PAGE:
Voices at the margins of health:
A culture-centered approach to addressing global health inequalities
Mohan J. Dutta
Lim Chong Yah Professor, National University of Singapore
Professor of Communication and Associate Dean of Research & Graduate Education, Purdue University
Date: Friday 6 August 2010
Time: 10.30 a.m. to 12 noon
One of the most salient characteristics of contemporary public health is the deep inequality in health outcomes that exists within and between populations. Of particular importance are the absence of health infrastructures and capacities in the marginalized sectors of the globe in spite of the rhetorical emphasis of development institutions on pro-poor policies over the last six decades. In response to the lack of health infrastructures in marginalized communities, Professor Dutta proposes the culture-centered approach to health communication based on the observation that structural marginalization of the poor is fundamentally situated amidst discursive marginalization. The culture-centered approach puts forth the argument that the concept of culture is either missing from most public health and health communication theories that have been developed in Western elite circles, or is narrowly conceptualized as a static mapping of a place and its people that can then be utilized for developing effective health interventions. Instead, the approach proposes that culture is contextual and dynamic, constituted in the lived experiences of people and in their everyday struggles to make sense of the conditions in which they live. The emphasis therefore is on listening to the voices of the marginalized sectors of the globe that have been erased from the dominant discursive spaces of health care policies and interventions. Listening to these voices creates the bulwark for building locally centered theories of health in global spaces that render impure the stable categories of dominant theorizing and create openings for change.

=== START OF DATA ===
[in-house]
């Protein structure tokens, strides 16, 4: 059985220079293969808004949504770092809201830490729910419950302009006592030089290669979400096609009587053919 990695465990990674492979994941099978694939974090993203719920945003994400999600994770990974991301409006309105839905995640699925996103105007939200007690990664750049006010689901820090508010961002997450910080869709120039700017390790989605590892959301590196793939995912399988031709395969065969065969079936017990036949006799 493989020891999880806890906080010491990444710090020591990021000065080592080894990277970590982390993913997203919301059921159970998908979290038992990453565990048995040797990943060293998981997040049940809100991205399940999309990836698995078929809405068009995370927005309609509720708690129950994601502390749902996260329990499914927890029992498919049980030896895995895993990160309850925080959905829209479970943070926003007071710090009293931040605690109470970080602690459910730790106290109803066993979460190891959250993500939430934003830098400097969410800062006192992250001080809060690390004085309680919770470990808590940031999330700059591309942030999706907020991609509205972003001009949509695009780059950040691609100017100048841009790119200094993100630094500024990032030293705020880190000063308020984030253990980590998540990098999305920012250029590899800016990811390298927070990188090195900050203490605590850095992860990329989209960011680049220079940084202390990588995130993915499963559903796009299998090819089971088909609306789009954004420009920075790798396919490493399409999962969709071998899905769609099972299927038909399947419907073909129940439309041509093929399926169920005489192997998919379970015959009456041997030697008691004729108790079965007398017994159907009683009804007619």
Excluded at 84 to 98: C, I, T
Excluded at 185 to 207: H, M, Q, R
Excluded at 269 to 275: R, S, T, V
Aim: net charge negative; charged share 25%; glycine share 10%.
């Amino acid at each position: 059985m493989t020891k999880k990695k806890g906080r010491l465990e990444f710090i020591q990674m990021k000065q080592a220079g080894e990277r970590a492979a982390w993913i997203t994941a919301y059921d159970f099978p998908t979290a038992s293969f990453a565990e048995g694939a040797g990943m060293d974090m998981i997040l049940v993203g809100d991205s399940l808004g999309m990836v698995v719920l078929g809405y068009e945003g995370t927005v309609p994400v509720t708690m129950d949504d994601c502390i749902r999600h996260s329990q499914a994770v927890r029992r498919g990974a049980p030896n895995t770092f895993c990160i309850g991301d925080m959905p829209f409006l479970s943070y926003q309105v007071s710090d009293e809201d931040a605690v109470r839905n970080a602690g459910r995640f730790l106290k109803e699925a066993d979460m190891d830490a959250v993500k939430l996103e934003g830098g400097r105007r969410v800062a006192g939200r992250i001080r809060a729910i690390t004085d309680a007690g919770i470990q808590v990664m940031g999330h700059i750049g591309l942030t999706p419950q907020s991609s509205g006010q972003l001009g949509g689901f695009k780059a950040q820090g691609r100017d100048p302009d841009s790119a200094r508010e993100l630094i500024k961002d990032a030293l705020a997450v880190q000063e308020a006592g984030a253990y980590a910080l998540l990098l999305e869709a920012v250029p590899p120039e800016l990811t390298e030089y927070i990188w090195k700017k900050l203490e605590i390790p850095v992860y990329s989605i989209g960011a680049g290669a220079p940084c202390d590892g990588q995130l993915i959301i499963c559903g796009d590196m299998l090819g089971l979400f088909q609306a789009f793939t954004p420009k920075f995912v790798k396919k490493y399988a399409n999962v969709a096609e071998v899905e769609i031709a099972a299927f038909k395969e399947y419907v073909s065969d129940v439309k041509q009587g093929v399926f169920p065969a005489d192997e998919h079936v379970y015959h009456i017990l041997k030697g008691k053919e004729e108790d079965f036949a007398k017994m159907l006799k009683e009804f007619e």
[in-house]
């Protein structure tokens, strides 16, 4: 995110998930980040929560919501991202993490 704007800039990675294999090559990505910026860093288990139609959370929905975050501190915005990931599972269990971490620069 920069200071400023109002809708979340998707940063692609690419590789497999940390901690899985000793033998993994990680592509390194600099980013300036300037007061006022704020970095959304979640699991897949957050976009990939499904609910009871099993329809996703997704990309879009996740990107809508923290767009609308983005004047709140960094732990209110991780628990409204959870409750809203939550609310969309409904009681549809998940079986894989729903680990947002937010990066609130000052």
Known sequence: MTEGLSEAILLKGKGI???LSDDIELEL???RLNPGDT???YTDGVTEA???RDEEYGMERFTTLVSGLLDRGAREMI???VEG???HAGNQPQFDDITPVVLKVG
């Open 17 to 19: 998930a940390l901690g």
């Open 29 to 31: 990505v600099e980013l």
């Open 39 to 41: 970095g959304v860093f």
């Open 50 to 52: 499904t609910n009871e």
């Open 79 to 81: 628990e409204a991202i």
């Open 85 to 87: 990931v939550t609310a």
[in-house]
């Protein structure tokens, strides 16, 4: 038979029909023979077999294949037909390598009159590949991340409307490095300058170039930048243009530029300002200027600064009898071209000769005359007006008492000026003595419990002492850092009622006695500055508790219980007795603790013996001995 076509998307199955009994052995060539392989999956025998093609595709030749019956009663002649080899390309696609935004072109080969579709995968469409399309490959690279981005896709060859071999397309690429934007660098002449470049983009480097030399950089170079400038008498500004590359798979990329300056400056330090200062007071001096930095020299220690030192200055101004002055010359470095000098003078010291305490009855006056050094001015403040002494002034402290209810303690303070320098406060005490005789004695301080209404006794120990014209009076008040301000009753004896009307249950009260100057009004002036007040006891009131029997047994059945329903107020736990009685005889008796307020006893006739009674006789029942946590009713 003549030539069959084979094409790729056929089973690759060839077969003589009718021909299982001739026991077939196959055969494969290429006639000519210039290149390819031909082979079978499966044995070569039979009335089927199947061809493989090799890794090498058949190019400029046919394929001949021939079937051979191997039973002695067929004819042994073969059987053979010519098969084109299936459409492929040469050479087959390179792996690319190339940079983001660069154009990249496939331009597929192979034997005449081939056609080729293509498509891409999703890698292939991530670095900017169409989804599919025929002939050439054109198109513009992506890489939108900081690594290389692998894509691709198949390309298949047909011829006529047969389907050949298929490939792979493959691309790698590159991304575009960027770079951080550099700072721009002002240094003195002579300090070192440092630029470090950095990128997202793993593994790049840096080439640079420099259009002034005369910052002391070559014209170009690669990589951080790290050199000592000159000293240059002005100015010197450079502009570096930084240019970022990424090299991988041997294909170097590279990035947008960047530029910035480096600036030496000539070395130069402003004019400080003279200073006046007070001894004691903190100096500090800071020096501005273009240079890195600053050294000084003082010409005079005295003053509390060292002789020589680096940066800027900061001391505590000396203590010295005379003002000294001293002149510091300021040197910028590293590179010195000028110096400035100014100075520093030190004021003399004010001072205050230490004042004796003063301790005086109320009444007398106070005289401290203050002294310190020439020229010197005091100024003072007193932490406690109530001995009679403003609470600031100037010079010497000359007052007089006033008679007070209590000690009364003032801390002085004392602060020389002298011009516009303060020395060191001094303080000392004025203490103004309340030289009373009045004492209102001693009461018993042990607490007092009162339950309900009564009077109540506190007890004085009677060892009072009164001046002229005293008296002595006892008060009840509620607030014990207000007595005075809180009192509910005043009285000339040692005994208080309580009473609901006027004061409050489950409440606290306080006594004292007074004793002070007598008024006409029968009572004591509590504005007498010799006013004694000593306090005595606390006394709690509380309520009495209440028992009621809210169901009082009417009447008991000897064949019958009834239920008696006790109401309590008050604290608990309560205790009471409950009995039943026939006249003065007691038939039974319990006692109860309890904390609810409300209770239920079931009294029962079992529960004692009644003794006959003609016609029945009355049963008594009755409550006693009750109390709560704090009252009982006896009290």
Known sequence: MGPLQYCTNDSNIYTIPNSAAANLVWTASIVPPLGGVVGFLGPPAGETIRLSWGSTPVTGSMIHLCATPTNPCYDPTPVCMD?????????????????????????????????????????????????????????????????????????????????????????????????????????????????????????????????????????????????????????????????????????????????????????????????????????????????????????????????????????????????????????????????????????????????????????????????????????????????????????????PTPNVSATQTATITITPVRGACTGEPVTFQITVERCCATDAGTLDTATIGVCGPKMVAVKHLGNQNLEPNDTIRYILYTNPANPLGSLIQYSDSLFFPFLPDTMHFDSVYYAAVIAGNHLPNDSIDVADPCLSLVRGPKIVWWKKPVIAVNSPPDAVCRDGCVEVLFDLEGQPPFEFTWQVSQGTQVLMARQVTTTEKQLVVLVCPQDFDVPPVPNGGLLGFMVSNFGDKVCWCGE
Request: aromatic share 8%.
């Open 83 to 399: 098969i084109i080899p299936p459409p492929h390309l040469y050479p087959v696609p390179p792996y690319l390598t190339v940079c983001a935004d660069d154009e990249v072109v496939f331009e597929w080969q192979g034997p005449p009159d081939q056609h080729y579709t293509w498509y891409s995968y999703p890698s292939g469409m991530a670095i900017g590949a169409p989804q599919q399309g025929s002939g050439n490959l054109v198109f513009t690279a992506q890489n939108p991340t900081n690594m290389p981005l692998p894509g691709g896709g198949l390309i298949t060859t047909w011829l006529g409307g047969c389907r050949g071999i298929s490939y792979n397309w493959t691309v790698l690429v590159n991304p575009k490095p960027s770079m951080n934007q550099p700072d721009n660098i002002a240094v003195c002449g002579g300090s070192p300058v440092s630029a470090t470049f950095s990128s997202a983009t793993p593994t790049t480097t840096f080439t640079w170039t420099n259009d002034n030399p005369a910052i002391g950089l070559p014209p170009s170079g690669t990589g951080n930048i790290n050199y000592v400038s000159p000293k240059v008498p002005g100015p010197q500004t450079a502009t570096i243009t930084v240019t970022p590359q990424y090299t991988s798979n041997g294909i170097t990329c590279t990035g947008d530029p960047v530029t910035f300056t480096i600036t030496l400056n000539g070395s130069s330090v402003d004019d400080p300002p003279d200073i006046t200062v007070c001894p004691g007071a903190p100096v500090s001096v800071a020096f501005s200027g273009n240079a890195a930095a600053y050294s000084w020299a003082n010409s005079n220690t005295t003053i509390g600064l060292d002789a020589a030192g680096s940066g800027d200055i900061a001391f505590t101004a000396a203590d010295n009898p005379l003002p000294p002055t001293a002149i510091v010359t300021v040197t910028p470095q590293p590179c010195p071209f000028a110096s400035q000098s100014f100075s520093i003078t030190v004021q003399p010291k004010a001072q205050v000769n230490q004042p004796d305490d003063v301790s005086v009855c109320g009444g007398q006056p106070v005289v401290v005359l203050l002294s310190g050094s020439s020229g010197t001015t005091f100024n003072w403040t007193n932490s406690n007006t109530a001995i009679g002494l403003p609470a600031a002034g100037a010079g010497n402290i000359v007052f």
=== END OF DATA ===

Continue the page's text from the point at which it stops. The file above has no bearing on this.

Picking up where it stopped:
Professor Mohan J. Dutta (Ph.D., University of Minnesota) is Professor of Communication and Associate Dean of Research & Graduate Education in the College of Liberal Arts at Purdue University. One of the most prolific scholars in health communication and winner of the Lewis Donohew Outstanding Scholar in Health Communication Award, he has been widely recognized for his work with the culture-centered approach to health communication. In his research with marginalized communities across the globe, he has explored the ways in which locally situated stories of health create openings for challenging the rationalities of dominant theories of health communication. Professor Dutta has published over 110 journal articles and book chapters in health communication in a short span of nine years and is the author of four books in health and development communication, including the widely used book Communicating health: A culture-centered approach. His work has been funded by the MacArthur Foundation, Agency for HealthCare Research & Quality, and the National Institutes of Health. At Purdue University, he is a fellow of the Service Learning Academy and the Entrepreneurial Leadership Academy, where he is currently developing a model of community-based networks of change.
Professor Mohan J. Dutta, recipient of the Lim Chong Yah Professorship, will be visiting CNM from 2 to 11 August 2010.